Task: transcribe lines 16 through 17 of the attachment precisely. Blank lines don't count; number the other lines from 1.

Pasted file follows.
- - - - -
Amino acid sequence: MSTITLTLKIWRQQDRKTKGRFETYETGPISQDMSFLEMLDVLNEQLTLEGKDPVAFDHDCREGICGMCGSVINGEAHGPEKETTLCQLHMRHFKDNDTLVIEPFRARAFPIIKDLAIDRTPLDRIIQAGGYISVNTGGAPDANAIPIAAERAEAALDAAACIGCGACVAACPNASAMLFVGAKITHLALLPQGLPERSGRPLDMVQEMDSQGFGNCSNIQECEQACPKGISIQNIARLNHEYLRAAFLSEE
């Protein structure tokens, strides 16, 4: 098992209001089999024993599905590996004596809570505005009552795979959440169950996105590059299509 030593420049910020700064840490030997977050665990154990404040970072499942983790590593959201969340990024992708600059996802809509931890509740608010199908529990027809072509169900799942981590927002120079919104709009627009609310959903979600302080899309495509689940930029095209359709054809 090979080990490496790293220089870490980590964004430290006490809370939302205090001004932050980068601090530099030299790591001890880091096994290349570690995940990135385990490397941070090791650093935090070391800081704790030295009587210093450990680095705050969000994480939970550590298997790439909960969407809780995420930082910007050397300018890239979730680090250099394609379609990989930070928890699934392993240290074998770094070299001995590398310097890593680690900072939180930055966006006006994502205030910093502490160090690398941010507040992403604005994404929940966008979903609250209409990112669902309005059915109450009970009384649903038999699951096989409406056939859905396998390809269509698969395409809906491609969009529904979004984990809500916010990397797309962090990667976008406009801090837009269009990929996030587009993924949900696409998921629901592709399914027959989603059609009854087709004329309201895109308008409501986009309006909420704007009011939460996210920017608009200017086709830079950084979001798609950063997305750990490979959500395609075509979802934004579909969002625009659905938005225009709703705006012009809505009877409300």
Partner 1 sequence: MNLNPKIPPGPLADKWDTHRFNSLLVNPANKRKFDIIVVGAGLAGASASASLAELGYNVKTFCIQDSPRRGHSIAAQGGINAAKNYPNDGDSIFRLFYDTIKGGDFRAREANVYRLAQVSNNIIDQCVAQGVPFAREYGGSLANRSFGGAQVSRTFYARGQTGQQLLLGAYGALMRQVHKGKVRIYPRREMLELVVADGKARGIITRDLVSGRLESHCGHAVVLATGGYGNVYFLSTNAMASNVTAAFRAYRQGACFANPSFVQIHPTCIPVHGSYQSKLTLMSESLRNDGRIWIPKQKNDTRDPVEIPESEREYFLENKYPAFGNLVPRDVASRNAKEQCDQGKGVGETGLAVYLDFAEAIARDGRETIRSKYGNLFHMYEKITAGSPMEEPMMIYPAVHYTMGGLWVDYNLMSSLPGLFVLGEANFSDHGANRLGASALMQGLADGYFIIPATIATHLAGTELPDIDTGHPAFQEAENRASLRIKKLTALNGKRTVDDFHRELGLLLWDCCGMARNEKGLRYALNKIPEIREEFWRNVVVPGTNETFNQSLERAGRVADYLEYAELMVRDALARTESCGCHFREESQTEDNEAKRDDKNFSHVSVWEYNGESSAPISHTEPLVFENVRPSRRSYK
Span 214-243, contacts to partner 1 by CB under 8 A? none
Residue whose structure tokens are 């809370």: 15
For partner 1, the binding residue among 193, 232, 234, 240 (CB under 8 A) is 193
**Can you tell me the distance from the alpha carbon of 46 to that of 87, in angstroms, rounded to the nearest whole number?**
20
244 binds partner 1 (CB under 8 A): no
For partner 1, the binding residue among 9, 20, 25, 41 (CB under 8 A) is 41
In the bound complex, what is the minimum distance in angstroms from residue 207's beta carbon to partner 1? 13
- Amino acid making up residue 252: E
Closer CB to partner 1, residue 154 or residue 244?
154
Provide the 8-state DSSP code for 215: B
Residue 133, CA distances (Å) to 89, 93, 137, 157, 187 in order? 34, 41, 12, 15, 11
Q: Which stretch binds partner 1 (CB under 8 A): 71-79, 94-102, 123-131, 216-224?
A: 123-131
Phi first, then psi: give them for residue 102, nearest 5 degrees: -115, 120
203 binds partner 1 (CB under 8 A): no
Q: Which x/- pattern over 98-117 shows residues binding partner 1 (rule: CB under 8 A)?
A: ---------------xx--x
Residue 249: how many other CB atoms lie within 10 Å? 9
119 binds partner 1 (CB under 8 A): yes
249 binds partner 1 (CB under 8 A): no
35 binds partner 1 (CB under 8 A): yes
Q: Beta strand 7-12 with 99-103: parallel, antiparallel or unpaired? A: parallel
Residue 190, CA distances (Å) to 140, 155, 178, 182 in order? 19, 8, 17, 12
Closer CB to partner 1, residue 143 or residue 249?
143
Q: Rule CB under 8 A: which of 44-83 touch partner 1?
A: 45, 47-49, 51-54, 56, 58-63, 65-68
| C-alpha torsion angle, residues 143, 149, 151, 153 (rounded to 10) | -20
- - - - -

Residue 133, CA distances (Å) to 89, 93, 137, 157, 187 in order? 34, 41, 12, 15, 11
Q: Which stretch binds partner 1 (CB under 8 A): 71-79, 94-102, 123-131, 216-224?